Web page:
Sunday, September 30, 2012

don't blame me, Alan Jones made me do it

Misogyny is a cultural attitude of hatred for females because they are female”. Allan G. Johnson (sociologist)

This morning it’s hard to know who is the most hated man in Australia. If social media bytes are anything to go by, the award goes to Sydney broadcaster Alan Jones. A couple of days ago, without a doubt, it would’ve been a faceless man in a blue hoodie.

These two men, who’ve most likely never met, share a sense of entitlement, an internal disconnect between their actions and consequences and most of all, a hatred of women.

Am I drawing a long bow to tar these men with the same brush? Jones is notorious for his attacks on our Prime Minister, essentially because she is a woman. It could be because she’s not his hero John Howard, who is of course a man. But even her predecessor, and possessor of male genitalia, didn’t cop as much personal criticism from Jones, despite it being Rudd to topple Howard from his God-given right to rule our country.

Jones has long used his position as a highly influential media personality to promote the Liberal Party and push a right wing agenda. His listeners can’t seem to get enough of him. So while it’d be logical to presume that all non-Liberal politicians are fair targets for his ACMA-sanctioned vitriol,  female political figures seem to cop more than their male counterparts. Take the infamous “chaff bag” threats last year, when Jones repeatedly inferred on air that the Prime Minister should be “put in a chaff bag” and dumped at sea. If this doesn’t represent violence against women, I don’t know what does. But he didn’t just stop with Gillard, Sydney mayor Clover Moore and Greens senator Sarah Hanson-Young received similar, misogynistic contempt. As for the chaff bag, Jones also had one for the then Greens leader, Bob Brown, but perhaps being gay makes one less of a man in Alan's mind?

When influential figures have air time to repeatedly indoctrinate their audience with hatred against a gender, race or religion and the regulatory body, in this case the government appointed Communications and Media Authority, defend his right to do so, it legitimizes a culture of disrespect.

This weekend Jones was caught out taking his women-hating campaign against Gillard a step further, by publicly asserting that the Prime Minister is a liar and this caused her father to die of shame.

Will this be comment be a bridge too far for Jones? While other Lefties are rubbing their hands with glee that this could be his undoing, I doubt this will be the final death knell for his influential career. (Update: maybe not the original comment, but after seeing his "apology", who knows) Why? Because misogyny is rife in Australia and if his previous assertions about wanting to kill Gillard and dispose of her in a sack in the ocean aren’t deemed inflammatory enough, why would this be? By bringing Gillard’s father into the picture he might be offending our sense of good taste but he’s not actually accusing the Prime Minister of partricide.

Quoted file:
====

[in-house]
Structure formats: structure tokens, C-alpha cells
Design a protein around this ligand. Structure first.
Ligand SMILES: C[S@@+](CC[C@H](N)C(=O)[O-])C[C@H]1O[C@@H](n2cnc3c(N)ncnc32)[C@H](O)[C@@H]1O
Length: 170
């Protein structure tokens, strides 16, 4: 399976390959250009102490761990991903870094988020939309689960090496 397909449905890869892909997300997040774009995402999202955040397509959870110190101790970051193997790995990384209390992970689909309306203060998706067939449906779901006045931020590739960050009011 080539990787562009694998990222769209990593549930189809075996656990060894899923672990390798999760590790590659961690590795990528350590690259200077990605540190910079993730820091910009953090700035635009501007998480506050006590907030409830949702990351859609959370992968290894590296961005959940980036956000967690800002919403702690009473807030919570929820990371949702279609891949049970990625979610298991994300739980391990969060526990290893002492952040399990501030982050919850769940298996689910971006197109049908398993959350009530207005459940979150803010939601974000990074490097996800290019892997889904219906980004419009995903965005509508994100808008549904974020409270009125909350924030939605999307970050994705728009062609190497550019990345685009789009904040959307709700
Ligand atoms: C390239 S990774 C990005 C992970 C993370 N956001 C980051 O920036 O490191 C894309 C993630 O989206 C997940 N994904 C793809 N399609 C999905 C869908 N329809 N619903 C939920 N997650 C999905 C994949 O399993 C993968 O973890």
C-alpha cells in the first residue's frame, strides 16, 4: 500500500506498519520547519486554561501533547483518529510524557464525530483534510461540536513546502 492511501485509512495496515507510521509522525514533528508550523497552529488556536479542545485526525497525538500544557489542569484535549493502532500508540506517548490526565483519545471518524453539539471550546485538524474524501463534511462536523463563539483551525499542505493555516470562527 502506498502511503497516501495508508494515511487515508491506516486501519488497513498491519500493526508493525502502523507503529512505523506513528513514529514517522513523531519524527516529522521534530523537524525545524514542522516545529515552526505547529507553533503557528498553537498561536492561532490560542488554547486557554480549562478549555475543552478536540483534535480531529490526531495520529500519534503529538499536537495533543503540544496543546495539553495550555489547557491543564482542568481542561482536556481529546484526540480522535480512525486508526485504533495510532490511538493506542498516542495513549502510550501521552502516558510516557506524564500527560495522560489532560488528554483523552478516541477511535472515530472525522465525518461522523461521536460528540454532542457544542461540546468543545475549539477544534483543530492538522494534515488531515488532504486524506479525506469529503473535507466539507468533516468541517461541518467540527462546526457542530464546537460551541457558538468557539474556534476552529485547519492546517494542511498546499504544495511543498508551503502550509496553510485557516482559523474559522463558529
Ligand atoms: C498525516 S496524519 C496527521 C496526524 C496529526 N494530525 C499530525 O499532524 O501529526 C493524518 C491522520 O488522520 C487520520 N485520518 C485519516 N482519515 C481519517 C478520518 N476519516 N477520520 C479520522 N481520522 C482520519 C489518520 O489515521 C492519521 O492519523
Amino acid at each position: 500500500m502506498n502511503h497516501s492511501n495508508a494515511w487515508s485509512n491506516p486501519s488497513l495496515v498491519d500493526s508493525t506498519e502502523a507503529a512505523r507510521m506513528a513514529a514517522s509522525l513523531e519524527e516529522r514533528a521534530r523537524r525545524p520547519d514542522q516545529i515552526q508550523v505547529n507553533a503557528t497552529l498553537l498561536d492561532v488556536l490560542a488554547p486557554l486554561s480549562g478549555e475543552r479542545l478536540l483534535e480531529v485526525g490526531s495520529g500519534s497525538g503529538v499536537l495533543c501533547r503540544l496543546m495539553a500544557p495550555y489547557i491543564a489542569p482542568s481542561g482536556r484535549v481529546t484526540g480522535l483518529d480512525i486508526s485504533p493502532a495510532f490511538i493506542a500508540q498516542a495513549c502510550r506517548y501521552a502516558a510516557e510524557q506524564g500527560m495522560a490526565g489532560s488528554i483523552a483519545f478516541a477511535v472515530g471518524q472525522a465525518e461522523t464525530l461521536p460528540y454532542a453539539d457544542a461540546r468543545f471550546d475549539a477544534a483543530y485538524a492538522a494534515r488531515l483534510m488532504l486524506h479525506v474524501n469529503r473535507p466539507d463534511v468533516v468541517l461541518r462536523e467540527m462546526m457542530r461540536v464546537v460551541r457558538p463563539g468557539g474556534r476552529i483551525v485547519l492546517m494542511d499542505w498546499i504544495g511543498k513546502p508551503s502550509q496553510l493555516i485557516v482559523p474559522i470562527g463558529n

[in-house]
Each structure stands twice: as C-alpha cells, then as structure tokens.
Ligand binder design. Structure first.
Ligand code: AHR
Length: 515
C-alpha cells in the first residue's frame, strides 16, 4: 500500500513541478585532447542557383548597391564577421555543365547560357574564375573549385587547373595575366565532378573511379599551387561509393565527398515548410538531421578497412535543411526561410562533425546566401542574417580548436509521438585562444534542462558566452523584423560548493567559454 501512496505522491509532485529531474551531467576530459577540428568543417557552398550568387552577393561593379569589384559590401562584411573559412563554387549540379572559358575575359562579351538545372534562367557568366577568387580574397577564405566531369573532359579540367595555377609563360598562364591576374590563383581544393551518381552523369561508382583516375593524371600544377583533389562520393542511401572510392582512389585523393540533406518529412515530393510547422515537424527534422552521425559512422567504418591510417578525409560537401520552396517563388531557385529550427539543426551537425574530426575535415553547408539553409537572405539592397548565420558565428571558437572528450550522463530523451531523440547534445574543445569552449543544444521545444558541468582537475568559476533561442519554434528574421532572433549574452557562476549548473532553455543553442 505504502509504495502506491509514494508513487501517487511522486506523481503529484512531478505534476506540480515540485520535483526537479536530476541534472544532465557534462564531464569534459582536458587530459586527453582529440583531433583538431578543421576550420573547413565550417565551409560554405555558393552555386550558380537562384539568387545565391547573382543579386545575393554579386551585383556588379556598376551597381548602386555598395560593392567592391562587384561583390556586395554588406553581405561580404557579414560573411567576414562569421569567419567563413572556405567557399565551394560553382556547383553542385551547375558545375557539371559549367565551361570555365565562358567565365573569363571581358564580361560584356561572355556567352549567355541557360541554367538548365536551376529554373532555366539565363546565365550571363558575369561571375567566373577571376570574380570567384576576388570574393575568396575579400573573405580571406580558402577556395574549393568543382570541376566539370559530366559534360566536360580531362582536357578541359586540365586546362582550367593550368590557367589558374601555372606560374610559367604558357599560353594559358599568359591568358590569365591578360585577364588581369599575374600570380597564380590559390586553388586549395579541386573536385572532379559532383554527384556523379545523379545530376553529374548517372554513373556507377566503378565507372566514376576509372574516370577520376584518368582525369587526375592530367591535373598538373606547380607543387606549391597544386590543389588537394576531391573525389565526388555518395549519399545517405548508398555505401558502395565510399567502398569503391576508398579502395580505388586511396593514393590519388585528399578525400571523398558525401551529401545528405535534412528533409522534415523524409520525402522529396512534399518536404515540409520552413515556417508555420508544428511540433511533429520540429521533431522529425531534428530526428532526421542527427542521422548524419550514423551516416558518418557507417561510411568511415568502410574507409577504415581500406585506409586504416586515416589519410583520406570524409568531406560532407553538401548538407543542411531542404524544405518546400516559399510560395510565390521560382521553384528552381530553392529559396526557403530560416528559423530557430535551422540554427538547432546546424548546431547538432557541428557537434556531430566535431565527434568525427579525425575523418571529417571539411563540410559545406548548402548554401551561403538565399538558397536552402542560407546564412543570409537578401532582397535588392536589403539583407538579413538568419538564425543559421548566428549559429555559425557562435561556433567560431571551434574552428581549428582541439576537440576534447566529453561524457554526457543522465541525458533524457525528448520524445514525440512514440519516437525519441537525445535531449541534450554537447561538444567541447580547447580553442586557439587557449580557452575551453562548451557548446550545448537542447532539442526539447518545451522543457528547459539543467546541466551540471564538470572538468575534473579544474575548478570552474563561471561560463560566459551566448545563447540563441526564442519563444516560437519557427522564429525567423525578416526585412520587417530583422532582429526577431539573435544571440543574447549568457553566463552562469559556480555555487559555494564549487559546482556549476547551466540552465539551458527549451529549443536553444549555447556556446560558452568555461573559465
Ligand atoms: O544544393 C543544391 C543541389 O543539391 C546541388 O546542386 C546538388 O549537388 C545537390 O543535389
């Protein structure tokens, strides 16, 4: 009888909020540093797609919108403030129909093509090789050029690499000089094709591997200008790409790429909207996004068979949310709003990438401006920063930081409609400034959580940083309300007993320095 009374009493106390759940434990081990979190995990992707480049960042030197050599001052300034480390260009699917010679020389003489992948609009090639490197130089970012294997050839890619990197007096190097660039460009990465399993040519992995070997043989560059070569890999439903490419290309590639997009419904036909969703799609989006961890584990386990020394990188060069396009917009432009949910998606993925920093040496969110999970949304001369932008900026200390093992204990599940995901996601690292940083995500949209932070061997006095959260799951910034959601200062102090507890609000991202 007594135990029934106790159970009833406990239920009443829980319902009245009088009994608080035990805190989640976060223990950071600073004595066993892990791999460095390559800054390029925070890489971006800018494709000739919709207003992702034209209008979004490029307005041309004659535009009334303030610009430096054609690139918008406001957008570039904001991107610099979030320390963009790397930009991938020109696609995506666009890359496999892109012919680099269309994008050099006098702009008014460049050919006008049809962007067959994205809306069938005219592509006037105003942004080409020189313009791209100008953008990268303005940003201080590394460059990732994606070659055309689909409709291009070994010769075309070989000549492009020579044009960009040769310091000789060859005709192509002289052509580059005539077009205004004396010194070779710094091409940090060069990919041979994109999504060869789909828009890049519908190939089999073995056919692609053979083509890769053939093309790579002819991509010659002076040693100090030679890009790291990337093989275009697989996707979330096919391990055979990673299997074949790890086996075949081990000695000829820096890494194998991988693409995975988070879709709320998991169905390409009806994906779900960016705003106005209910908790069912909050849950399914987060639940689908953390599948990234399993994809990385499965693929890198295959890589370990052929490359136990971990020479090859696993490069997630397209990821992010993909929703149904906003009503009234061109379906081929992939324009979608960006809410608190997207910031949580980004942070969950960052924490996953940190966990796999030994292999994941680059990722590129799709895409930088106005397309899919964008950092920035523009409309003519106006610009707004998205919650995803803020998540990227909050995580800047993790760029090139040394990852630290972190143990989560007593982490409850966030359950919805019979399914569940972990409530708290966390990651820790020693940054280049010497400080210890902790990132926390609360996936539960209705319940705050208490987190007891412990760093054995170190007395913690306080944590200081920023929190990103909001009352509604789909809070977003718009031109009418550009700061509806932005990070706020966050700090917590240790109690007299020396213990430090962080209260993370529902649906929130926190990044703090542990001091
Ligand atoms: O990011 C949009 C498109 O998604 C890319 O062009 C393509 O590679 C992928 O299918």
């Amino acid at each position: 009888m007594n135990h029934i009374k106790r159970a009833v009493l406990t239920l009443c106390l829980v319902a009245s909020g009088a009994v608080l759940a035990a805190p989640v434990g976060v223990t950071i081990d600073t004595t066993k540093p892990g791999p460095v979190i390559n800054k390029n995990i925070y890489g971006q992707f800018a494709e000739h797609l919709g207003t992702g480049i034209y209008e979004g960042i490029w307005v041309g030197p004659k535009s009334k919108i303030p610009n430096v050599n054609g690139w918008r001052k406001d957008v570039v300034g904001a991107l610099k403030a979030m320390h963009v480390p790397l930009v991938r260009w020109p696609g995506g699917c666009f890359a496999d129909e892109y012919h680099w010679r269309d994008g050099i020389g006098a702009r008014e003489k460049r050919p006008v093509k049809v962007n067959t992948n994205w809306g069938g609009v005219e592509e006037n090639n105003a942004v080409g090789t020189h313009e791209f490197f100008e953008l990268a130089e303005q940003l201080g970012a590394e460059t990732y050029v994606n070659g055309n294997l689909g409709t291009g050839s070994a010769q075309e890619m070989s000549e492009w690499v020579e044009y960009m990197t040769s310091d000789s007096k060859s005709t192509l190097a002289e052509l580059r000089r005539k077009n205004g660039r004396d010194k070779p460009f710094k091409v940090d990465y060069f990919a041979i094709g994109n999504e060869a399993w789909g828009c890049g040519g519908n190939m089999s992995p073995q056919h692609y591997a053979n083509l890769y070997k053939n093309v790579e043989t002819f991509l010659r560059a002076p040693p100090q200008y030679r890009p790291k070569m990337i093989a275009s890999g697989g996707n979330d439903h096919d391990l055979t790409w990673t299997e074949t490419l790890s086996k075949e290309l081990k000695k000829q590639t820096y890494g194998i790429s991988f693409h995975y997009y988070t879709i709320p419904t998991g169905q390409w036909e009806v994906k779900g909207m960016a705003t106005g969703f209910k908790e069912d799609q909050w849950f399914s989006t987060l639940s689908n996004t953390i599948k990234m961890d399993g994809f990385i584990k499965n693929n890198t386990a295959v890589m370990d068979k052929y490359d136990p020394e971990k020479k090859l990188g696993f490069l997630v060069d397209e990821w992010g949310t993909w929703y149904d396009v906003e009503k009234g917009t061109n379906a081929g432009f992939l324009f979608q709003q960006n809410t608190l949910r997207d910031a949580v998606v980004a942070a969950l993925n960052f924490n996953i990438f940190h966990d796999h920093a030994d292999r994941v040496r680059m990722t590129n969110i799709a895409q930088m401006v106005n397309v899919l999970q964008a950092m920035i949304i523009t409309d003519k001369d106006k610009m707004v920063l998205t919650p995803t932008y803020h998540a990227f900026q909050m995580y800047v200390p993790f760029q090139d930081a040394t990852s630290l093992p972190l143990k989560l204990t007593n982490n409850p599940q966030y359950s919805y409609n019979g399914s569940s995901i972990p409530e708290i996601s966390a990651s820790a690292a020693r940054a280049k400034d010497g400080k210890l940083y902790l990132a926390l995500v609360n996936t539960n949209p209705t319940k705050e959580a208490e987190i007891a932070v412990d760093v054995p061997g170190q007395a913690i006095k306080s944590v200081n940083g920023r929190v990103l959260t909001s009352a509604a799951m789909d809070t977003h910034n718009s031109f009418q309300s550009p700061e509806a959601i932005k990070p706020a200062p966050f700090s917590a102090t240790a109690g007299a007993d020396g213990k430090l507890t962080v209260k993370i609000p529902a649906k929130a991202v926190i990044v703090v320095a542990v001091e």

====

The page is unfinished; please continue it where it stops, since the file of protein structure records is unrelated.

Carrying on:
And that brings us back to the man in the blue hoodie. What’s he got to do with Alan Jones? We all know that rape is about power not sex, right? We have a culture that is infused with and condones misogyny, if Jones’s popularity is anything to go by. Through the week victim blaming was rife.  On the Facebook site “Help find Jill Meagher”, before her body was found, a commenter asserted that she’d been drunk “led someone on”, this would have pissed the poor man off “and the consequences followed her”. His logical conclusion being “she met with foul play as a result of her actions inside the pub”. Let’s not blame the guy who anonymously wrote this, he was just mouthing the inference of more influential media figures. Through the week our own local shock jocks were calling Ms Meagher a party girl and drawing their own victim shaming conclusions. And we know that women having fun, outside of the marital home, drinking, wearing high heels and a pretty dress get what they deserve.

If Gillard deserves to be killed (put in a chaff bag in dumped in the sea) for being an outspoken woman, what chance do ordinary women have? According to trial by media, a woman drinking with friends, without the protection of her husband, and daring to walk home alone is obviously asking to be sexually assaulted and murdered.

So why do we hate the accused, when he’s done exactly what so many men in our country believe she brazenly courted?

According to the anonymous commenter on Facebook, rape and even “foul play” may be warranted, if a woman merely has a drink in a public place with friends. Is it any wonder in a society that doesn’t blink an eyelid, when a public figure explicitly states his "joking" desire to kill a number of female politicians? That he didn’t really mean it and anyway, nothing’s off limit if you hold public office. These two men are merely the tip of the iceberg, reflecting the deep vein of hatred towards women that simmers in Australia.

As I concluded in my last post about Jill Meagher:
Society needs to change and we all contribute in some way to the environment that creates people who do not respect human dignity.
 We’ve created Alan Jones too.